Will Daria's New Time Slot Hurt or Help?
The most recent big news in Daria fandom is the announcement that the show has been renewed for a fifth season. How ever that happened, whether it was the massive letter writing campaign or all of those incriminating photographs I have of MTV executives and on air personalities, I think I can speak for everyone by saying that it is welcome news. With this good news came a peculiar time slot change it seems that starting in December with repeats of season three, Daria will air Friday nights at 10PM EST (9PM CST) at least through the first half of season four. My first reaction to this tidbit of information was "at least they're showing it in prime time again, even if it's a lousy time slot." But then I got to thinking about whether this arrangement is the death trap it seems to be or is it possible that this could turn out to be a good idea.
Most conventional wisdom about television viewing habits will tell you that Friday nights tend to be ratings disasters and are not able to command good advertising rates (I don't know for certain, but I would guess that total rating shares are very low, if not the lowest, on Friday nights), since most people go out that night and aren't even watching TV (at least they all claim that they go out). However, I don't believe that this fact will keep us hardcore fans from at least taping new episode of Daria to watch later. So, in effect, the base audience should remain unchanged (I wouldn't expect any drastic loss in ratings) but the chances of getting new viewers becomes slimmer. But since we all know that MTV (usually) re-runs a new episode sometime over the weekend after it originally airs, and if that airing is at an accessible time (say Sunday afternoon/evening), there could still be an influx of new fans.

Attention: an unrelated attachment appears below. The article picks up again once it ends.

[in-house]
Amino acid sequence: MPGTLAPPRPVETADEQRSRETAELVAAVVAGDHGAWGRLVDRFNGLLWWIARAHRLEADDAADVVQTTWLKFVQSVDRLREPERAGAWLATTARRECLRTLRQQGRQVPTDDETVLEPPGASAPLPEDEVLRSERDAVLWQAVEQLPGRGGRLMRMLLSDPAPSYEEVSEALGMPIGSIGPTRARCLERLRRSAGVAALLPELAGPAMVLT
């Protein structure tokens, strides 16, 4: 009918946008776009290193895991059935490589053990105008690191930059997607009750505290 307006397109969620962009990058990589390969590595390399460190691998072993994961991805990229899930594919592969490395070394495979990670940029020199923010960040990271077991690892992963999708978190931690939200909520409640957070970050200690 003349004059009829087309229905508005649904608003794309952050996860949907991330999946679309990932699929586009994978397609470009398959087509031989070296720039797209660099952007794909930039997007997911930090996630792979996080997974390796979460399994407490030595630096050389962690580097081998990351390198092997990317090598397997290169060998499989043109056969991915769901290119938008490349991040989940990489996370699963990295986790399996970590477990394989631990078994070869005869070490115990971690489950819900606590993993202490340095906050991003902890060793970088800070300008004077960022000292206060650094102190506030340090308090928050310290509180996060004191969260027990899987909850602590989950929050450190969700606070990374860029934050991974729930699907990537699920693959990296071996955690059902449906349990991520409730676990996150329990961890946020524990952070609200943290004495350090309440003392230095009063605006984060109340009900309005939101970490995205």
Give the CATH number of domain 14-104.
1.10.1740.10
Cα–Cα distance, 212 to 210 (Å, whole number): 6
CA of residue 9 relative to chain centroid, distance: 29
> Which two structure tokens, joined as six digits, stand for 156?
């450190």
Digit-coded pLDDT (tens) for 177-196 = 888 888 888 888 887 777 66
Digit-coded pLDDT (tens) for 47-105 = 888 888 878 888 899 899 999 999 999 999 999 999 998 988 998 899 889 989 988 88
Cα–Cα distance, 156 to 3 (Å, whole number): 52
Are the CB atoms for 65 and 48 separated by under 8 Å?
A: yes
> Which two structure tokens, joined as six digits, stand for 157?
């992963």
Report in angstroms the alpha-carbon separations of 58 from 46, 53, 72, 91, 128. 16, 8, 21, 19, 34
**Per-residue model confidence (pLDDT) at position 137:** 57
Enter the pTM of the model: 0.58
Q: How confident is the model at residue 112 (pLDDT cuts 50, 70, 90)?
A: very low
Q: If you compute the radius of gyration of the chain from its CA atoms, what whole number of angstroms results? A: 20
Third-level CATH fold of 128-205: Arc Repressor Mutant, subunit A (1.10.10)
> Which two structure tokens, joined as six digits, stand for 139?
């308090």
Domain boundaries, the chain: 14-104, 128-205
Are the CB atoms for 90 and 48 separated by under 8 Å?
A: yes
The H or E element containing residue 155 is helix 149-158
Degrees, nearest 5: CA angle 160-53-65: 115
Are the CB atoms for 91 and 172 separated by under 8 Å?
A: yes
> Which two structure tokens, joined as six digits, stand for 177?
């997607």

So far, I haven't touched on anything that could remotely be considered an advantage of having any show run on Friday nights, but there are some not so obvious advantages out there (if you look hard enough and some of these things can be eerie). First there seems to have been a lot of shows that were always on Friday that have been moderate successes. The most prominent example of this phenomenon is The X-Files, which began its run on Fridays. The X-Files was always one of the highest rated shows on FOX despite, or maybe even because of, its position in the lineup. The X-Files has since been moved to Sundays, but has left proof that Friday doesn't automatically doom a program. Most of the rest of the successful Friday night shows have been things that I more or less can't stand (like the TGIF line up; you have your Urkels and your Sabrinas and your Corey Matthews). Maybe these shows illustrate my next point; a show doesn't have to be as good to be successful on Friday night because, on average, that is when television is a veritable wasteland. The shows consist of news magazines that have been so diluted of any actual interesting information because of an overload of these types of shows, dramas that are either not good enough for Tuesday or Wednesday or not bad enough to be replaced and movies that ran in theaters just barely longer than their actual running time. That being said, all of those people like myself that are home on Friday could flock to a show like Daria that actually has some substance. In this way, the move could be seen as bold scheduling tactic that isn't done often - putting the stronger shows up against weak competition.
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